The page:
The next conundrum that Riley and the Shine team faced was how to integrate the title card into each episode. This was part of the way that they could make the logo feel more modern. After initially proposing a more “3D tracked” version of the titles, they instead settled on something more classically rotoscoped, with the credits taking up physical space but not, say, following the movement of the performers or background elements. “That was fun and a fun idea to bring it into 2020,” Riley said. Shine proposed “five or six” places where each title could go, and since they were going with this semi-dimensional rotoscope approach, it didn’t matter what was in each scene. “You can find a spot for a logo, but then you’ve got a character or there’s a car that drives in front of it, or there’s a person that walks in front of it,” Riley said. “And they liked this because there were six different choices of where they could put it on their episode without having to change a frame of their edit.” After suggesting places where the title card could go and mocking up a loose version, the producers and sometimes the editors would choose their favorite spot (or suggest a different placement altogether).
As the episodes progressed, Riley and the Shine team also played with the dimensionality of the titles for each episode. “It was definitely not an accident. We just tried to have as much fun with it as we could,” Riley said. At the beginning of the season the title card was “more conservative,” but from the second episode on, they employed “a little bit more creative liberty” since the audience knew the show that they were watching and what to expect. And that the title cards were carrying on the spirit of the old-school storytelling with a very modern edge. They weren’t concerned with characters or objects obstructing the titles either, since HBO signed off on the copyright information being partially or fully covered.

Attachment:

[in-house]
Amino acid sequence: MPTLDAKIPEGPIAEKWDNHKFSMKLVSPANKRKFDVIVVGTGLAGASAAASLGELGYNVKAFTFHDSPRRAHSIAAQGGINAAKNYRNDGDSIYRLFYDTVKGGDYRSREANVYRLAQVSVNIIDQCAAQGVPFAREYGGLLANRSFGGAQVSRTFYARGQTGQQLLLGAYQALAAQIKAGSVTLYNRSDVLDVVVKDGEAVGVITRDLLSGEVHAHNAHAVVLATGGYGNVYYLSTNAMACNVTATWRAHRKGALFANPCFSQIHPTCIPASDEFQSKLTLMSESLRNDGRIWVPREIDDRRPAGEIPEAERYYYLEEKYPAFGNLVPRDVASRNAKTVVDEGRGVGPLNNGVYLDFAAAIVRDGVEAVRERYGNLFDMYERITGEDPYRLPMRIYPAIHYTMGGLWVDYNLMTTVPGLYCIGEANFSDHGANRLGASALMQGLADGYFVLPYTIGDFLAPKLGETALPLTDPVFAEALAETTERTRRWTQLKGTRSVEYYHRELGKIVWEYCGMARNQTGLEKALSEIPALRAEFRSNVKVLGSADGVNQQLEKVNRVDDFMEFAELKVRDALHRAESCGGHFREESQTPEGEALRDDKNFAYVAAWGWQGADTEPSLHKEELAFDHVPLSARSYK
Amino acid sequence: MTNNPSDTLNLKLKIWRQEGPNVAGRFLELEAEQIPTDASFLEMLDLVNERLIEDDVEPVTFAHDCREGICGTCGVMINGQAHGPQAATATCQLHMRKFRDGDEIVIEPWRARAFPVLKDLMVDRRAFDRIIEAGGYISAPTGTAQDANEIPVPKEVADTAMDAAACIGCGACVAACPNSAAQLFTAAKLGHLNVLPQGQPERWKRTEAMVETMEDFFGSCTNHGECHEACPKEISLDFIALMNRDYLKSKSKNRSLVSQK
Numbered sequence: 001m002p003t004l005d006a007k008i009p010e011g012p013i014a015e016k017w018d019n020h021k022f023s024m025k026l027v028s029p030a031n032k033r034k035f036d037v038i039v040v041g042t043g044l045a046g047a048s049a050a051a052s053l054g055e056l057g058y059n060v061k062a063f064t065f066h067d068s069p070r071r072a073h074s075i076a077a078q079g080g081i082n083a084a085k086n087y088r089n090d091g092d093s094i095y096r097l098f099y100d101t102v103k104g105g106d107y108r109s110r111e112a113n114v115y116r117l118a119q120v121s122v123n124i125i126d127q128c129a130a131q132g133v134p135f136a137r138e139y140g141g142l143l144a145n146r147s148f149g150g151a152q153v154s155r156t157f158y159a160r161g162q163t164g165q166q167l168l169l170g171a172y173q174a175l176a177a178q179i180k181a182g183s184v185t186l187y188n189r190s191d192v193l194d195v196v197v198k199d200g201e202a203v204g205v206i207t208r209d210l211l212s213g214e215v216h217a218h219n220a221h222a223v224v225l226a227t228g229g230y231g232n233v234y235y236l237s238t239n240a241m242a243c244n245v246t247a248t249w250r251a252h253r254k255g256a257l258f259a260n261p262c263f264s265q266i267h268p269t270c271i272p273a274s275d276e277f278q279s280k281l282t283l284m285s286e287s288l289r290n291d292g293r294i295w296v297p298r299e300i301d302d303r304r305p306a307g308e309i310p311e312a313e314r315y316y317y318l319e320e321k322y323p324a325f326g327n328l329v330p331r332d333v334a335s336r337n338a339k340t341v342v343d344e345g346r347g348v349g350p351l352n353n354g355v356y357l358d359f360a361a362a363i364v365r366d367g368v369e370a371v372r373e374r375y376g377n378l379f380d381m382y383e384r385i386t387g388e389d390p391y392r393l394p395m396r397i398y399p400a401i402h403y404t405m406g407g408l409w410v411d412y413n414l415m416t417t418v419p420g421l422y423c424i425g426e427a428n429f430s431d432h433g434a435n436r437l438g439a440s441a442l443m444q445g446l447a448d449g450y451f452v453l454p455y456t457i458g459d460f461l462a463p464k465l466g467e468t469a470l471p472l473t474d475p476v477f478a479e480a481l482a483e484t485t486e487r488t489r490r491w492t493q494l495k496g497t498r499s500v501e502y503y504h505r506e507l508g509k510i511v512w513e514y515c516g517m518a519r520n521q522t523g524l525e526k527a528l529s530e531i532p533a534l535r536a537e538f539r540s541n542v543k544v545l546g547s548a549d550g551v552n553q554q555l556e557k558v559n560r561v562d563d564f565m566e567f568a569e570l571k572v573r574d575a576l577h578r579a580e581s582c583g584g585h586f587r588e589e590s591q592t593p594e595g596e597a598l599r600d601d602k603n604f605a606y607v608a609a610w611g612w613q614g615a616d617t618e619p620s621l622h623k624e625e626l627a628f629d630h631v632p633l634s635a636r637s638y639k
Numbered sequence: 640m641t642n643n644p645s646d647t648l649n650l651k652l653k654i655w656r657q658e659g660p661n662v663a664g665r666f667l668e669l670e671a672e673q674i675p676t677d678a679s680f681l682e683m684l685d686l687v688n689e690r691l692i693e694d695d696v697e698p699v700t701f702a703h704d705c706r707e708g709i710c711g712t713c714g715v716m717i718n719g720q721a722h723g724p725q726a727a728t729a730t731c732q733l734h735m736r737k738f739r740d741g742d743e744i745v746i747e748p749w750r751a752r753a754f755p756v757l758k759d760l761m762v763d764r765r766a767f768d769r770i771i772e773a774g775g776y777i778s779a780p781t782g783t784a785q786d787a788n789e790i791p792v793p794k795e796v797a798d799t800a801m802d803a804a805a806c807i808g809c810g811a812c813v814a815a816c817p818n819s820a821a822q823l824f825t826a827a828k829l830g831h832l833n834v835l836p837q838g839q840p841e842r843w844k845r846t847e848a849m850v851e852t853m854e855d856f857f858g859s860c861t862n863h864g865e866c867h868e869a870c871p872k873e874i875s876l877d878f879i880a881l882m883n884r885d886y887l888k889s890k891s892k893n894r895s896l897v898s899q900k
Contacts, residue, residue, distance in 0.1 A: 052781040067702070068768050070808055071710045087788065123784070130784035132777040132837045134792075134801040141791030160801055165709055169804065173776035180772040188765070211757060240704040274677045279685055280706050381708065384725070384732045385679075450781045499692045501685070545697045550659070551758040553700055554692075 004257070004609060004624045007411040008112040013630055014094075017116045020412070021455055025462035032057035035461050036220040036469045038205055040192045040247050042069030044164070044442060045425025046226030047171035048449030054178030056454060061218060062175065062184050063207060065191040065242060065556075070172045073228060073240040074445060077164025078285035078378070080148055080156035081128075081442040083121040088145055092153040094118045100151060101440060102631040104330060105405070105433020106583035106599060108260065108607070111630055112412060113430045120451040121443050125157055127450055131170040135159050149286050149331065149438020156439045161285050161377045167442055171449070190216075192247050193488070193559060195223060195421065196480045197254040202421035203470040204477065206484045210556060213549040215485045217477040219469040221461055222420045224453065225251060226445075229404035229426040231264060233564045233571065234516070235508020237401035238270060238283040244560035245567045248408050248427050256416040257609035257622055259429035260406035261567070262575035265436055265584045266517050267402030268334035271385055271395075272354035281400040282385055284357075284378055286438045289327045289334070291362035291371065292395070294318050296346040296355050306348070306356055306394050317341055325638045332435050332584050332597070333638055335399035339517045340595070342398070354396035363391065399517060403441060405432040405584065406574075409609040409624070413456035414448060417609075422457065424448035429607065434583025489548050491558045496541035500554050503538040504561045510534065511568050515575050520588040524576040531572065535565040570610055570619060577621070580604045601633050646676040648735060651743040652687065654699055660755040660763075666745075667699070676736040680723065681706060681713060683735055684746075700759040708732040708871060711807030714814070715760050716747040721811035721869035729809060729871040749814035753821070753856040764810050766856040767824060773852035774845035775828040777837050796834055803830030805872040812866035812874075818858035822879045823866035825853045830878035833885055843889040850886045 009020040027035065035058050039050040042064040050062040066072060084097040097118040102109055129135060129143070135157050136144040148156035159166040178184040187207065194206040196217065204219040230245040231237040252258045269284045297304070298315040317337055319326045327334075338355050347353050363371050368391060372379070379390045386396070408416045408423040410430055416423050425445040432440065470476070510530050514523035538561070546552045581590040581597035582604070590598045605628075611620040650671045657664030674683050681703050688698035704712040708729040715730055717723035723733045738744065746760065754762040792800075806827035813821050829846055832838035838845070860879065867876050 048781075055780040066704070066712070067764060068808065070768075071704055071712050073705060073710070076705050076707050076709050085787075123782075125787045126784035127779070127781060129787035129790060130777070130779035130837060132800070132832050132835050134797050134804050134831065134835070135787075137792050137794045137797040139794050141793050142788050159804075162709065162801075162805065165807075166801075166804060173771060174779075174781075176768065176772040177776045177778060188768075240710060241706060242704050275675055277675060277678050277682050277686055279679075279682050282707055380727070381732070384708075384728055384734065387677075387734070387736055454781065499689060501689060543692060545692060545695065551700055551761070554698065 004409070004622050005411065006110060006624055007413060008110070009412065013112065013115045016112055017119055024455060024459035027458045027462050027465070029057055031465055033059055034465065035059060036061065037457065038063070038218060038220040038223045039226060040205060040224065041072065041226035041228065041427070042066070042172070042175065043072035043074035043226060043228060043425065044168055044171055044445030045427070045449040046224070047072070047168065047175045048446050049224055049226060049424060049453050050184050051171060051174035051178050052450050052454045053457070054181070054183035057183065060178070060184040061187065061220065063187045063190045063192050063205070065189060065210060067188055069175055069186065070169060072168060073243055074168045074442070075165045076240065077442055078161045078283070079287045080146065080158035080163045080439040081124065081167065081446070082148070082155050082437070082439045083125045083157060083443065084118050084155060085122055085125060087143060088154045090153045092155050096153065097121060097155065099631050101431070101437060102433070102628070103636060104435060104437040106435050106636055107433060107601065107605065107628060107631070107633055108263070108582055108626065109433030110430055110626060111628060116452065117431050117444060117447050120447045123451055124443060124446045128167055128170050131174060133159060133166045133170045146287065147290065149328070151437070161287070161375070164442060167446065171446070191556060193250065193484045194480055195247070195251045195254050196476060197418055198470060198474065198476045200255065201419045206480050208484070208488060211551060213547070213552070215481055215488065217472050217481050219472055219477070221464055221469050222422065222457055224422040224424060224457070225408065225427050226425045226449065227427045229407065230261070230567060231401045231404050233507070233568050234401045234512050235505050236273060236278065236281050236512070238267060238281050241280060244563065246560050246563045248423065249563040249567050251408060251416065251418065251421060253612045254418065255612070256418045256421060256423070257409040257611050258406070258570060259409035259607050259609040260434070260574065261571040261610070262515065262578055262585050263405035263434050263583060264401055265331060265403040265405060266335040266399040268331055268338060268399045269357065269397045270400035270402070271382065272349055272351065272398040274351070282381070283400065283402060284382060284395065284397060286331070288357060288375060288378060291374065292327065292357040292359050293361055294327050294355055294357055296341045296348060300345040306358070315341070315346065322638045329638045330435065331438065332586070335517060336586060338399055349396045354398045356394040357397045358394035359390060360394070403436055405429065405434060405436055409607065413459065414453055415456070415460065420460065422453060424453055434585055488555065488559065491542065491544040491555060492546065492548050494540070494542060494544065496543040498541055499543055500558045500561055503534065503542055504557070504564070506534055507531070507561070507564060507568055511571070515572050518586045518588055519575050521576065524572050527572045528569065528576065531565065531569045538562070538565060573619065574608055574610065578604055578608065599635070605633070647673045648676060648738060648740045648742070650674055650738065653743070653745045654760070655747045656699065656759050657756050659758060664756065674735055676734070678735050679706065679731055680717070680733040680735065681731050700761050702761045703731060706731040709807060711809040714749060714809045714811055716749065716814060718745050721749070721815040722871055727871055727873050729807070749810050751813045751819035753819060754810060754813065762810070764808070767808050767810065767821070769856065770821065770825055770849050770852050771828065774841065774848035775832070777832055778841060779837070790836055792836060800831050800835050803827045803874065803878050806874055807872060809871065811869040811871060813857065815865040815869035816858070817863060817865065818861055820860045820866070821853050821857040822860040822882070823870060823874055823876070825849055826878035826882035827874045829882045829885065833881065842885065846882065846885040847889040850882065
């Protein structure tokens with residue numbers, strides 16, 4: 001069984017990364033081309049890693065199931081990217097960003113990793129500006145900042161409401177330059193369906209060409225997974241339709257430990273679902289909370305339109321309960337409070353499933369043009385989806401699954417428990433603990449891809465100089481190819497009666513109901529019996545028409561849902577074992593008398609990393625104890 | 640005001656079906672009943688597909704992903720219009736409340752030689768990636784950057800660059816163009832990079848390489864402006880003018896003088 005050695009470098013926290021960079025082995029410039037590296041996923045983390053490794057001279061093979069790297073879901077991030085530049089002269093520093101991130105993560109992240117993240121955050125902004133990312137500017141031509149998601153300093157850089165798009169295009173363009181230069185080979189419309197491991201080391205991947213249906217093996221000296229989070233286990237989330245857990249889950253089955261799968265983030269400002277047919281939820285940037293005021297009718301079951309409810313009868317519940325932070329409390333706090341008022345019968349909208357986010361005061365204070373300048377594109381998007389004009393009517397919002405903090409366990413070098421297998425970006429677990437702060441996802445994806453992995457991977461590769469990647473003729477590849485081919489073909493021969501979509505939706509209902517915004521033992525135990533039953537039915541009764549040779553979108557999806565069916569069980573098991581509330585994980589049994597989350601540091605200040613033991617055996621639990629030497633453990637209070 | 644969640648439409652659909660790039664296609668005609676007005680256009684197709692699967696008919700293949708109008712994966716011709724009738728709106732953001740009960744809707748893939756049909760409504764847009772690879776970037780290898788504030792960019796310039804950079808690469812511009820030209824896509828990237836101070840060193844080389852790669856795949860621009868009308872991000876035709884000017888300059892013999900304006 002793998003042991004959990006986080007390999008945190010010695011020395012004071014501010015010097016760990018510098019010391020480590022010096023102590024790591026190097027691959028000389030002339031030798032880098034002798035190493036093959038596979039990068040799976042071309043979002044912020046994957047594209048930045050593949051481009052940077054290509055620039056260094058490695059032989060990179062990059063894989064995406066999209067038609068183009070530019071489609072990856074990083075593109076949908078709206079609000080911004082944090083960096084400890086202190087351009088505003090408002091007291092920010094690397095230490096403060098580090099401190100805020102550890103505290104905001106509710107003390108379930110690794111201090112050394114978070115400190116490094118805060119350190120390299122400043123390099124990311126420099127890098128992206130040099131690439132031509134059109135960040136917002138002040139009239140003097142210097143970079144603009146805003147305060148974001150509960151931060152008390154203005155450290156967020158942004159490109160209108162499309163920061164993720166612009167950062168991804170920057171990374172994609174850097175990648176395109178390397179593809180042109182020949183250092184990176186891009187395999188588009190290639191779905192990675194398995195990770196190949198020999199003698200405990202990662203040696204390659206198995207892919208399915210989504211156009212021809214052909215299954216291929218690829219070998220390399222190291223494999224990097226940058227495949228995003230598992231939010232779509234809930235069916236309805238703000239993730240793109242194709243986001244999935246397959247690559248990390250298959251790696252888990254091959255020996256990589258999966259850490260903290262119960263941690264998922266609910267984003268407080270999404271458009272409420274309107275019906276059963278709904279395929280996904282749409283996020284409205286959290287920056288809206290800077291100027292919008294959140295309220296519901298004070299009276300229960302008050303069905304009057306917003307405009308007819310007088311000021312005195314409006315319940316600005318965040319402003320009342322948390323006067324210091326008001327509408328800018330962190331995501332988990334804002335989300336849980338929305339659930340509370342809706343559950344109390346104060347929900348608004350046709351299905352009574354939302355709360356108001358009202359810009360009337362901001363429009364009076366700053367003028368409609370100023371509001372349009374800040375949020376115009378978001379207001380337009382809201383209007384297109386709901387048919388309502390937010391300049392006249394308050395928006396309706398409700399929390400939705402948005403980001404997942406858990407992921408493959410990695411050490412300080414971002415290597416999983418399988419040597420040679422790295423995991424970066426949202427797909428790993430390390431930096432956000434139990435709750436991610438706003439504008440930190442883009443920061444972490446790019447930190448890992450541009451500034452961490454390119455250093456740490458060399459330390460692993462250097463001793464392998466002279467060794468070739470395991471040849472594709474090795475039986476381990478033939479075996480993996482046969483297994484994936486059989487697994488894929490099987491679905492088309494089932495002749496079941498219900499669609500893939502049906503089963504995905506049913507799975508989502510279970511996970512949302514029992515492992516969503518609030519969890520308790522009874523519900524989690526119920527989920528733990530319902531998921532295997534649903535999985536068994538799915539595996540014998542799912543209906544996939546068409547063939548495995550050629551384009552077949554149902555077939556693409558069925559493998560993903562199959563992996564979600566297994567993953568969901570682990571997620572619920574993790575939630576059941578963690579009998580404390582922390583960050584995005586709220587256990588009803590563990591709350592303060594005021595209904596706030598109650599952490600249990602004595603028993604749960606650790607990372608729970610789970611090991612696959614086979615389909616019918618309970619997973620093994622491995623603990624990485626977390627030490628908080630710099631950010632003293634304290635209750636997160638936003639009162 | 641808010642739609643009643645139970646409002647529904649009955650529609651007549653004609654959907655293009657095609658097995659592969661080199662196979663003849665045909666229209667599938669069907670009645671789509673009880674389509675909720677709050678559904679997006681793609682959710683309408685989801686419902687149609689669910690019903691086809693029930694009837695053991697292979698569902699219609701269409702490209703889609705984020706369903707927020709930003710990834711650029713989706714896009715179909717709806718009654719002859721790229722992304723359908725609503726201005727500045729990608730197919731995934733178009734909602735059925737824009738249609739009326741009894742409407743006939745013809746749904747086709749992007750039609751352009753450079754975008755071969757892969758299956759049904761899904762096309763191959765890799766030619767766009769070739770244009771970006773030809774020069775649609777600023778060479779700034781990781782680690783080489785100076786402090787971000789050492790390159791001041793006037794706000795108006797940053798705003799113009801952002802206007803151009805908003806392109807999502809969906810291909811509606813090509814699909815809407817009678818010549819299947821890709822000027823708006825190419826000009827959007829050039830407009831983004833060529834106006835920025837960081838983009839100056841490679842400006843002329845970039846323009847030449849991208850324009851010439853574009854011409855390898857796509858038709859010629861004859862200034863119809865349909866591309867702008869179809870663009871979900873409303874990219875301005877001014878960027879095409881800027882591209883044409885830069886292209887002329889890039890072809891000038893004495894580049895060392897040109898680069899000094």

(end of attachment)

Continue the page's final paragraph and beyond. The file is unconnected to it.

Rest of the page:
Riley’s background is in graphic design and this truncated approach to the Perry Mason titles felt comfortable for him. “To me, when you’re doing these kinds of shorter ones, it’s almost more like designing a poster, because it’s less about the short film that unfolds and takes you all of these different places,” Riley said. “And if you can find a way to cleverly integrate it into an episode, I think there’s just as much fun, if not more, to be had by doing them uniquely.” Of course, they got to do longer sequences for the end credits, which changed with every episode and were always underscored by a tremendous track from Terence Blanchard, which Riley admitted to amounting to much of the end credits’ power. “If you have a great track, that’s half of it right there and even more,” he said.
When I asked Riley if they’d be back for the recently announced Season 2 of Perry Mason, and if they would have any more say, creatively, on where the cards would be placed (since they would no longer be something of an afterthought), he demurred. “The bottom line is if they call me to work on Perry Mason, I will be there in a minute in whatever way they want,” Riley said. A positively lawyerly response, you might say.
As for the current state of the title sequence in the age of the “skip intro” button, Riley was more optimistic. “It’s weird. There are so many people that want them. And here’s the thing that I think about title sequences nowadays — as long as it’s something that’s considered, that you thought about, I think it’s great, whether it’s short or it’s long,” Riley said. “My only objection is when they don’t do anything, and they just cut it on with whatever the marketing department’s artwork is, because I think there’s a creative opportunity that’s missed there. And you think, ‘Okay, well, if they didn’t think about the main title card, then there could be other things that might’ve been missed.’” In that sense, the title cards for Perry Mason perfectly tee up what’s to follow, both from a storytelling perspective and a sense of tone and atmosphere. Like everything else about the show, it makes it very clear that this isn’t your father’s Perry Mason.
For more on Perry Mason, check out our recaps and other recent coverage.